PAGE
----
Each parent in a family takes on different roles. It’s not always the same in every family, but it always seems each parent has his or her own role in dealing with their kids. And, to all the single parents who take on both roles, I commend you.
There are so many different kinds of parents and, thus, many different types of dads, too. For example, some dads are known as the dads "who know stuff." I'm pretty sure this is universal. For me, a dad is this guy — the one who knows stuff.
When I have a big life question or am dealing with something “urgent,” my dad is the one who deals with me.
There’s not even usually a clear-cut reason why I think my dad should know something; he just should, and he usually does.
I will never be able to thank my dad enough for putting up with me throughout the years and for always knowing the answers to my craziest life problems — even if, sometimes, he had to pretend.
There are some struggles in life that only my dad can help me through -- fortunately for me, and unfortunately for him.
Here are some things dads always seem to know:
1. How to fix anything
Regardless of whatever they studied in school or whatever their life professions are, dads always seem to know how to fix everything.
It's like they're born knowing how to change a light bulb or exactly why the washing machine is making that weird sound.
They just seem to know, and thank goodness for that because I usually have no idea.
My dad is in retail, but if my door is squeaky or I need an air conditioner installed or the TV is broken, he somehow knows exactly what to do.
He’s the ultimate handyman, partially because of natural skill and partially because he learned children will stop screaming faster once things are fixed.
Sorry about that one, Dad.
2. The best way to get somewhere
Even if my dad has never been somewhere, he can still direct me where to go better than I can direct myself.
My dad has texted me detailed directions for not only how to take the subway, but also how to get all the way from our front door to the exact place I am trying to find. (His patience is incredible.)
Even if he doesn’t know how to get somewhere, his guess is probably better than anything I can come up with.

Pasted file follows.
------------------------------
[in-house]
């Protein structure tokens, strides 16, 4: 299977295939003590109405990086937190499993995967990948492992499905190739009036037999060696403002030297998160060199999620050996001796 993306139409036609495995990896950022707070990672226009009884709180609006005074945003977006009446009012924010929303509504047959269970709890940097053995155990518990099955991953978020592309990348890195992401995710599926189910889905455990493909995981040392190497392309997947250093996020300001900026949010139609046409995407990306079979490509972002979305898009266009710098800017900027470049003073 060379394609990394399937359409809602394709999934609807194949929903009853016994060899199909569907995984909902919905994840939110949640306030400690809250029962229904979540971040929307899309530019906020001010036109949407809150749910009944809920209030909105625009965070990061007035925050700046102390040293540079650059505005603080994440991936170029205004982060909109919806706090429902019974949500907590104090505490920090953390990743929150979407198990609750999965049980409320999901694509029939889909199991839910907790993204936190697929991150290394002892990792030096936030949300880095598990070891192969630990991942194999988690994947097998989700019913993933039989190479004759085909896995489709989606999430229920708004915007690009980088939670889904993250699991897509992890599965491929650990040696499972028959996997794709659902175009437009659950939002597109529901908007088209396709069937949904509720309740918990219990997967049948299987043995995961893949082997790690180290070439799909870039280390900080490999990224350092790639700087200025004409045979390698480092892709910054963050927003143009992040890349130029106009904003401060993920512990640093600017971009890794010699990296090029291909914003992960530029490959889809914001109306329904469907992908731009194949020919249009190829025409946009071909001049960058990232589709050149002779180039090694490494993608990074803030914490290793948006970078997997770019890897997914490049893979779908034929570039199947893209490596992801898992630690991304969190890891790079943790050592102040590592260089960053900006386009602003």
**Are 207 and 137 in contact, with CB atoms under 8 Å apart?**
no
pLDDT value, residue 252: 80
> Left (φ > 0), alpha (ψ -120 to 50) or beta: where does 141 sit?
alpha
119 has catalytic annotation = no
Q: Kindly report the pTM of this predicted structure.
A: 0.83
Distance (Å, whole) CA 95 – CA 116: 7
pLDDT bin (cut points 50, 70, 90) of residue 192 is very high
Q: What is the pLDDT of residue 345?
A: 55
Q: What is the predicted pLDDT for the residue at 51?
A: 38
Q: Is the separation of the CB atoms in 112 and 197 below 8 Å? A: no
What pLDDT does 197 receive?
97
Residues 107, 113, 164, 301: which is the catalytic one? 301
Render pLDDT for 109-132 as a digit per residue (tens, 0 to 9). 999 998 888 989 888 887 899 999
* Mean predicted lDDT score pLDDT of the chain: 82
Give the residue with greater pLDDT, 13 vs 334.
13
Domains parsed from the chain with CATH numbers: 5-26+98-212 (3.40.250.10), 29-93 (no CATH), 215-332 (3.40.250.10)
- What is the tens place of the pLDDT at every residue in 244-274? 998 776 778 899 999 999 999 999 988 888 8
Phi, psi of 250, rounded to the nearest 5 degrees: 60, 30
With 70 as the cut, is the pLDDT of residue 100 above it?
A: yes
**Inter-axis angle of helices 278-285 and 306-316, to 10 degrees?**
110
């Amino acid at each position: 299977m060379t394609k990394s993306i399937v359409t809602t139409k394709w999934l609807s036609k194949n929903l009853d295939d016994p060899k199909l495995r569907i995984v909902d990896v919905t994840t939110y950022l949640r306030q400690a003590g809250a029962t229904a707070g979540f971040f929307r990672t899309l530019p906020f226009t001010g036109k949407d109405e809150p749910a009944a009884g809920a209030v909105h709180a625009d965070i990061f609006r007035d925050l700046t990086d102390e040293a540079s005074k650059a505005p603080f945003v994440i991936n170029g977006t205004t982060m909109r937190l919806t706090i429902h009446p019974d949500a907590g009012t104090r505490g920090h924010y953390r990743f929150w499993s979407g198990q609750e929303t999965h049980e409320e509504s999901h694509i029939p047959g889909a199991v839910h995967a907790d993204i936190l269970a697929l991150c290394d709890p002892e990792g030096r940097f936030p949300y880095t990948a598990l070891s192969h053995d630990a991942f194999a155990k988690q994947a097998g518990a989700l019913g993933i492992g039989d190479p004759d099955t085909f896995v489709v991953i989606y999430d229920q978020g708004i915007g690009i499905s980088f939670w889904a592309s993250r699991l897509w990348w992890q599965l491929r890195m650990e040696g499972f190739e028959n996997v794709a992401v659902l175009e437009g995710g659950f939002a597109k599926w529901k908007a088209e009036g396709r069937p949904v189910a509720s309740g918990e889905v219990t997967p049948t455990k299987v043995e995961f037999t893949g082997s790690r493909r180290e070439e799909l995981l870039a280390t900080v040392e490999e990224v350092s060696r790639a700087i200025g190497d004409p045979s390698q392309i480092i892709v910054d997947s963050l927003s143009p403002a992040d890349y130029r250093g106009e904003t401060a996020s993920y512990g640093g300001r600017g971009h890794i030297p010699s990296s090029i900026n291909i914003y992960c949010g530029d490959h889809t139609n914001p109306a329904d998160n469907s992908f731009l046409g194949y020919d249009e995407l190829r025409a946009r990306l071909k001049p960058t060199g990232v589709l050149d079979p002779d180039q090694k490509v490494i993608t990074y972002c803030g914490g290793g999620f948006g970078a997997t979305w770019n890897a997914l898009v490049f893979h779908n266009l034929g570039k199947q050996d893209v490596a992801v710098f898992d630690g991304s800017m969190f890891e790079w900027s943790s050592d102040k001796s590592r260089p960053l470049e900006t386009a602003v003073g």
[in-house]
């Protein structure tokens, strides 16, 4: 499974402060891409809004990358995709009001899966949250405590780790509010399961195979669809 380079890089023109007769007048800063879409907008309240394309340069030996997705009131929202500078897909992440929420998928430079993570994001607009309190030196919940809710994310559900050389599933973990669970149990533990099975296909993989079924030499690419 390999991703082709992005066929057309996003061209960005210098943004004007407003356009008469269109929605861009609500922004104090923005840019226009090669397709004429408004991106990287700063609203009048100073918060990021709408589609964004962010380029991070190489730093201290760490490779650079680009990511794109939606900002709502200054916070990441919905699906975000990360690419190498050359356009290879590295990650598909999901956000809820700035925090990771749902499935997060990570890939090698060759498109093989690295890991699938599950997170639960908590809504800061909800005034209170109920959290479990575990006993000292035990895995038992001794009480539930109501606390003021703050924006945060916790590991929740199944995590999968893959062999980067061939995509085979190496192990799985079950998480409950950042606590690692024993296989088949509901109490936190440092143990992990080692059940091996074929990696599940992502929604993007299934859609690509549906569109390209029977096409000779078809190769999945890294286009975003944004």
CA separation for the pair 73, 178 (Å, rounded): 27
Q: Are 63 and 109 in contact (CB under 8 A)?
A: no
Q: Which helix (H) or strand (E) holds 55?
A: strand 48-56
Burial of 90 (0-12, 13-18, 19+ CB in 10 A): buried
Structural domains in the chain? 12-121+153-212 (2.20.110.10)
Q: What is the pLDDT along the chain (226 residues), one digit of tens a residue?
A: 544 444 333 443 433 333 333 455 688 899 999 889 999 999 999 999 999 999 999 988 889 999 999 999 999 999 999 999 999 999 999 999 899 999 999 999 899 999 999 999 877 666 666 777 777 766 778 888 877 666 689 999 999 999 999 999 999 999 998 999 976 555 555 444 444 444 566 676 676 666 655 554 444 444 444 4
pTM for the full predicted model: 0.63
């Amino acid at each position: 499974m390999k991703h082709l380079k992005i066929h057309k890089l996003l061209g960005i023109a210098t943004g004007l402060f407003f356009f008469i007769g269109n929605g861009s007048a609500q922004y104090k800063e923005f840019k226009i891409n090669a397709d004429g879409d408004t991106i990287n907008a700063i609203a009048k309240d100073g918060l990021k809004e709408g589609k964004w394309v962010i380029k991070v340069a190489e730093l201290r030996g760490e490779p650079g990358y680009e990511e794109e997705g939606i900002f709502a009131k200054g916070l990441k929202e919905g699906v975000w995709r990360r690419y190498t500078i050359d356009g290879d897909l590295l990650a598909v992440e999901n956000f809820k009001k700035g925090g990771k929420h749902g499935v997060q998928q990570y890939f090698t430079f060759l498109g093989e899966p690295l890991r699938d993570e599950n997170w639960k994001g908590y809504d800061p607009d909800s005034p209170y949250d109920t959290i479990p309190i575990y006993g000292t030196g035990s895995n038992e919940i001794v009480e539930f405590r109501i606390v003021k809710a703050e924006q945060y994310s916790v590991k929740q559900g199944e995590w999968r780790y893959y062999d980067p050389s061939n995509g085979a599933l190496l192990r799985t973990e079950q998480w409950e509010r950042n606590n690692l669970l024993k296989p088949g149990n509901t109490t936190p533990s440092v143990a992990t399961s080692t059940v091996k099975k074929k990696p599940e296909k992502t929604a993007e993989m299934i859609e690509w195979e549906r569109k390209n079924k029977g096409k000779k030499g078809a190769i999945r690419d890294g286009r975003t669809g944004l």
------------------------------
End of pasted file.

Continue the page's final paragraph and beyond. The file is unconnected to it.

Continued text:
Dads just seem to always know where they are. And, if they don't, they fake it until they do, which usually works out okay, too.
3. Anything regarding money
How much will this stupid adult "thing" cost? What’s the deal with taxes? How do I fill out this form that allows me to get paid?
Please help me get paid. These are the kinds of things I frantically yell at my dad, as I stumble my way through being an adult.
Money and dealing with it are second-nature skills to some people, but I think even the most money-savvy people trip up a few times when they’re first getting their adult legs. That’s where dads come in.
They’ve been there; they’ve spent it (on you mostly), and they know how to help you handle it. You’ll still probably be broke, but at least Dad can help you understand why.
4. How to be safe
It doesn’t matter how old you are, where you’re living or if you're trained in martial arts; dads can’t help but offer up some wise safety advice to their children.
As soon as the never-ending snowfalls start, every single time I leave the house, my dad yells, “It’s slippery out there!”
Yes, the ice was there yesterday, and yes, I’m an adult with a (mostly) working memory, but ice is still slippery and I’m still his kid.
Besides just reminding me to be safe, Dad usually has some pretty good tips on how to make this happen. Whether dads give out the same safety advice a few times or every time, it doesn’t matter; it will never change.
Dads tend to be overly cautious because they they love their kids.
5. How to be professional
From school to internships, we have all learned the gist of conducting ourselves professionally. I’ve held so many internships and been on so many interviews, I should probably win some sort of participation award.
Even so, there are some things I’m always unsure about, like when follow-up emails should be sent and what sorts of questions employers ask.
My dad has run companies; he knows exactly what employers are looking for. When I want to look good in the eyes of the professional world, Dad is often the one who can help me navigate.
6. How to get your act together
Our dads seem to know so many things about the world, which is awesome, but they also know too many things about us, which doesn’t always seem so great.
Dad always seems to be the best person to make us look at our sh*t and remind us we need to figure it out.
Dads don’t always deal with the emotions, and their common motto is more, “You just have to do it,” and sometimes, that’s what we need to hear.
Dad is the one who knows how to make us take responsibly for ourselves, even if it involves a little guilt-tripping every now and then.
7. How to make you feel better
I was once having a breakdown, questioning all of my life decisions, and my dad calmly said to me, “You can always come home. There’s nothing wrong with that.”
We all think that once we get older, we have to move out and move on. My dad, the strong and put-together figure in my life, told me in the simplest way possible that it is okay to not have it figured out. That was everything I needed to hear.
Even though your dad is hard on you sometimes, he's also the one who knows just what to say to get you back on track.
I love you, Dad. Thanks for knowing everything and humoring me, even when you don't.